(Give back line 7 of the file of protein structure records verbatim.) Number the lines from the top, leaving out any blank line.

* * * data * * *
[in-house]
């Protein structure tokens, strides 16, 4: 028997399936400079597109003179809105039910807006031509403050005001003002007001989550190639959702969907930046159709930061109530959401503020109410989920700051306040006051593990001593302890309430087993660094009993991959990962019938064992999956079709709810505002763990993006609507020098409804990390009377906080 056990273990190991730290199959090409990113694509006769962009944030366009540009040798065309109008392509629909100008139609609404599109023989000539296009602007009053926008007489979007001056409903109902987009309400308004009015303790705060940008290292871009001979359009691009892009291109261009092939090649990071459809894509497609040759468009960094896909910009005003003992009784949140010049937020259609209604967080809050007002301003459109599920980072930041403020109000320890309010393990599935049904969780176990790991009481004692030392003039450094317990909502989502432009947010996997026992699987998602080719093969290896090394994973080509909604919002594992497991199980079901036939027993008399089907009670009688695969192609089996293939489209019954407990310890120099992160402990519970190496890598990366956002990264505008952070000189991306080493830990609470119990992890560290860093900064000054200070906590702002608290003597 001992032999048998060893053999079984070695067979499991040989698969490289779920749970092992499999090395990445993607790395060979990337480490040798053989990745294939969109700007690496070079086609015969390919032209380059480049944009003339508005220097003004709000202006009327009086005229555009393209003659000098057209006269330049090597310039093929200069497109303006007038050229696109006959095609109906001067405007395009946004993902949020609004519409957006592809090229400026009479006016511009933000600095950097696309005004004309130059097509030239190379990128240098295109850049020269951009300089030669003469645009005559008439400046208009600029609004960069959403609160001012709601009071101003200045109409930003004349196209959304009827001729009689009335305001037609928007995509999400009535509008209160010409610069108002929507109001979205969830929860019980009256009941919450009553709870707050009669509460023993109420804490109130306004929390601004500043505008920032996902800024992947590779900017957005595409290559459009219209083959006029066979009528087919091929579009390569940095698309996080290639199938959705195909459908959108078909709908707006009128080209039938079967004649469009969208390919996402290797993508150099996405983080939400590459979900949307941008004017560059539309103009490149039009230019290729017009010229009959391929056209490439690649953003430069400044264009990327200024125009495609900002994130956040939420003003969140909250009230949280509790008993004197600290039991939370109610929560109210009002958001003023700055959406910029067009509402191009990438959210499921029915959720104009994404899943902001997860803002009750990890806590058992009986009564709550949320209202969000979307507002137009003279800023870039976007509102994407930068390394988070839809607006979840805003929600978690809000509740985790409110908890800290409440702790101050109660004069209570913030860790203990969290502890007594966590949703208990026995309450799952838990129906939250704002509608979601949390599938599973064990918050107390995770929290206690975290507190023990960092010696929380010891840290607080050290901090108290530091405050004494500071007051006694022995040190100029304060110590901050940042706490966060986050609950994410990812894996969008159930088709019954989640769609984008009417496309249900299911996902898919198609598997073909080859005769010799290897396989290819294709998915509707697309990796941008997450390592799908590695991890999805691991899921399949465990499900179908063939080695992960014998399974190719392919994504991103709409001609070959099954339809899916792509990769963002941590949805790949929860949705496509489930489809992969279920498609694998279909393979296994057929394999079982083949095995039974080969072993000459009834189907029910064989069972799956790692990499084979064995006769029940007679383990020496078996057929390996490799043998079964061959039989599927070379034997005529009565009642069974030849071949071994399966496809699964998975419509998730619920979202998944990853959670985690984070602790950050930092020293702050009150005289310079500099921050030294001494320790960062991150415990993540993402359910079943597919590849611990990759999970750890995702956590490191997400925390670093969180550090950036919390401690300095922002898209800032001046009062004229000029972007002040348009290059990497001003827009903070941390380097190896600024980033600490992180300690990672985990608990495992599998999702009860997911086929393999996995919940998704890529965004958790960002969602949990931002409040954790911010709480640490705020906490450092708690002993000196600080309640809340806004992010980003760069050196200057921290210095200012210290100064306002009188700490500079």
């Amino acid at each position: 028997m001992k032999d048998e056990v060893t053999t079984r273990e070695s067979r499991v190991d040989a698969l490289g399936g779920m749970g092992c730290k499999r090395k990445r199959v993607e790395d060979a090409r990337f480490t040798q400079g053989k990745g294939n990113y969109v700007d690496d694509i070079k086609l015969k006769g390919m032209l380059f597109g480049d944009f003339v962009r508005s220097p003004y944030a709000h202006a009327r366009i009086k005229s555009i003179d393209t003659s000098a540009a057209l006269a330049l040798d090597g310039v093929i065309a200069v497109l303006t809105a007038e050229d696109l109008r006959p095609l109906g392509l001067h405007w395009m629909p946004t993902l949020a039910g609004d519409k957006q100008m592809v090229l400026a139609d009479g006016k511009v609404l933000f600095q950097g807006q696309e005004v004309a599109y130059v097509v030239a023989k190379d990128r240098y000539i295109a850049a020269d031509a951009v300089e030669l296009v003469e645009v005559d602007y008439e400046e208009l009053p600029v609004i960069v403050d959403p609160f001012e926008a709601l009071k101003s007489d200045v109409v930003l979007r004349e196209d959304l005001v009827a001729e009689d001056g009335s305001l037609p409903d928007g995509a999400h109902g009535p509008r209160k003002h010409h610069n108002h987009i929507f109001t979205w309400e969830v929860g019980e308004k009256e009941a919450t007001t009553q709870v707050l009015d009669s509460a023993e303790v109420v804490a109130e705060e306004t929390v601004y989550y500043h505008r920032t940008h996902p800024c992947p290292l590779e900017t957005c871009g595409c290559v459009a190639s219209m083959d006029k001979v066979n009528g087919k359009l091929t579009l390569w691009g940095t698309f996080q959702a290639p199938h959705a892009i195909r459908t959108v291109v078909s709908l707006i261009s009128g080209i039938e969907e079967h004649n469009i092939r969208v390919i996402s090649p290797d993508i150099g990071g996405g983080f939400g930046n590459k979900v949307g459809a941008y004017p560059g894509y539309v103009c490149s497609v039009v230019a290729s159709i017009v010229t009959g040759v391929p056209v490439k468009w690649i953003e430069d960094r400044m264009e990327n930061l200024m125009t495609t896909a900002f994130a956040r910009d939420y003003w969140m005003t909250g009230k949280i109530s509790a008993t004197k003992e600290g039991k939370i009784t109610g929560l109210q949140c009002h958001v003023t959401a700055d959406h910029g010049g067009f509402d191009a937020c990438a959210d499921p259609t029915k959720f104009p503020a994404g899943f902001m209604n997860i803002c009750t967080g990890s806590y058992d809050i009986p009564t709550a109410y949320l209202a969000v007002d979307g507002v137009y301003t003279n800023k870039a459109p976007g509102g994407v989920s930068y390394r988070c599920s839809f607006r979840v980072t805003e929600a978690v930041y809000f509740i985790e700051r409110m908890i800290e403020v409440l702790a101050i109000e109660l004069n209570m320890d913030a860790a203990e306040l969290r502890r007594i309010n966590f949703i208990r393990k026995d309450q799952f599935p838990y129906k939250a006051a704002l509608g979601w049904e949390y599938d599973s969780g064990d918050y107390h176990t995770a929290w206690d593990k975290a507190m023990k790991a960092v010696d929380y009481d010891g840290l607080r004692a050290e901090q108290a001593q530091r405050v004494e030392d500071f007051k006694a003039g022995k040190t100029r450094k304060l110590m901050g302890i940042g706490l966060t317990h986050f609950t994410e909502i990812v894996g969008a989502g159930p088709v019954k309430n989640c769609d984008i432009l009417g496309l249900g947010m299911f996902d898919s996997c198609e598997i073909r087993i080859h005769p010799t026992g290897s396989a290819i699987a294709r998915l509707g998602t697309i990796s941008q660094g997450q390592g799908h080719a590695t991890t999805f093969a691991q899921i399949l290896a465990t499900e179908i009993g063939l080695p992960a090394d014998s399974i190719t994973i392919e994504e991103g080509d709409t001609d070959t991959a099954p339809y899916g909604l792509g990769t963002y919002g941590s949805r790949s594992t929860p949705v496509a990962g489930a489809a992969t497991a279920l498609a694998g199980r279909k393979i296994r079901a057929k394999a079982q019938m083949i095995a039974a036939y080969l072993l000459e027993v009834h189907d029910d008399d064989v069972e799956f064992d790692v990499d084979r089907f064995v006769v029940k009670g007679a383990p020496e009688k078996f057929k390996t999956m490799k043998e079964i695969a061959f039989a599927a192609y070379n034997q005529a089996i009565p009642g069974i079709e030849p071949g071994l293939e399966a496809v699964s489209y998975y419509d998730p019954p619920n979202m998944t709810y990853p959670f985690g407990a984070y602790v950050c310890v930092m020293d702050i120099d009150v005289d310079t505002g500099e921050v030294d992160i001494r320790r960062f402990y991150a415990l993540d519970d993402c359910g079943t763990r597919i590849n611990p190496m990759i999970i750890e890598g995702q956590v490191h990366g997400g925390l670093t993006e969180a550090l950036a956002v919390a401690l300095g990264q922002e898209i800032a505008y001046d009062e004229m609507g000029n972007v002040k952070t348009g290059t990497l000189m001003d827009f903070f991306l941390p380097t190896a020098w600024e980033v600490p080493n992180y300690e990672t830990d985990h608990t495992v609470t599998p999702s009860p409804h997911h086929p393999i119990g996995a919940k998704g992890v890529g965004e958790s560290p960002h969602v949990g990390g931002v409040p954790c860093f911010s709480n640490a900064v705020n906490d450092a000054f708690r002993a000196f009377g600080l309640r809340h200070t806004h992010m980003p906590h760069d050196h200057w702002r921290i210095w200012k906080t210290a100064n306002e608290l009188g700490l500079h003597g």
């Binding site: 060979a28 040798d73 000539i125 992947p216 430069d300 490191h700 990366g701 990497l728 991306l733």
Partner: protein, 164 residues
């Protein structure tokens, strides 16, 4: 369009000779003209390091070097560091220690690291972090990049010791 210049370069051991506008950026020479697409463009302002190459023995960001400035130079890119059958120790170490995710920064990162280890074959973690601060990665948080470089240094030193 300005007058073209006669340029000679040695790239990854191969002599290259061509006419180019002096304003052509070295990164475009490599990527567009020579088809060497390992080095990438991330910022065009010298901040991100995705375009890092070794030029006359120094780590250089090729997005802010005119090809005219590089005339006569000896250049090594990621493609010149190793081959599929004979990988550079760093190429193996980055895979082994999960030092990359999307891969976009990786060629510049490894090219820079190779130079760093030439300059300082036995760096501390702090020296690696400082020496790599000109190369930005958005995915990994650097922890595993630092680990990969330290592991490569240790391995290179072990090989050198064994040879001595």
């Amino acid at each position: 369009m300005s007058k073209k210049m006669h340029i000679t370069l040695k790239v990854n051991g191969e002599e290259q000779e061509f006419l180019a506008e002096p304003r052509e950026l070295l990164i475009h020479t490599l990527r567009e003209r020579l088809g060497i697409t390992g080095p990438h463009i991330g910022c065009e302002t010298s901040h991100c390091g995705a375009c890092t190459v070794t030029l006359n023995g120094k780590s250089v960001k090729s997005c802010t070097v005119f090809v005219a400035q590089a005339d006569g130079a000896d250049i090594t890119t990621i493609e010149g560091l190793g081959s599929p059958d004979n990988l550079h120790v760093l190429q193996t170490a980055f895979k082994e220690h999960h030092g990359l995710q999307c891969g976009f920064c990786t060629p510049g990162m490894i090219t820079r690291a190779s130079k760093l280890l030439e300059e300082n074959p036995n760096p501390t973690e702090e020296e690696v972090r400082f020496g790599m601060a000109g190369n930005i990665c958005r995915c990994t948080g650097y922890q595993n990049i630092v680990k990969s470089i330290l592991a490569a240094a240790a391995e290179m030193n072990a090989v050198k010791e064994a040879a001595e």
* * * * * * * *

């Amino acid at each position: 369009m300005s007058k073209k210049m006669h340029i000679t370069l040695k790239v990854n051991g191969e002599e290259q000779e061509f006419l180019a506008e002096p304003r052509e950026l070295l990164i475009h020479t490599l990527r567009e003209r020579l088809g060497i697409t390992g080095p990438h463009i991330g910022c065009e302002t010298s901040h991100c390091g995705a375009c890092t190459v070794t030029l006359n023995g120094k780590s250089v960001k090729s997005c802010t070097v005119f090809v005219a400035q590089a005339d006569g130079a000896d250049i090594t890119t990621i493609e010149g560091l190793g081959s599929p059958d004979n990988l550079h120790v760093l190429q193996t170490a980055f895979k082994e220690h999960h030092g990359l995710q999307c891969g976009f920064c990786t060629p510049g990162m490894i090219t820079r690291a190779s130079k760093l280890l030439e300059e300082n074959p036995n760096p501390t973690e702090e020296e690696v972090r400082f020496g790599m601060a000109g190369n930005i990665c958005r995915c990994t948080g650097y922890q595993n990049i630092v680990k990969s470089i330290l592991a490569a240094a240790a391995e290179m030193n072990a090989v050198k010791e064994a040879a001595e």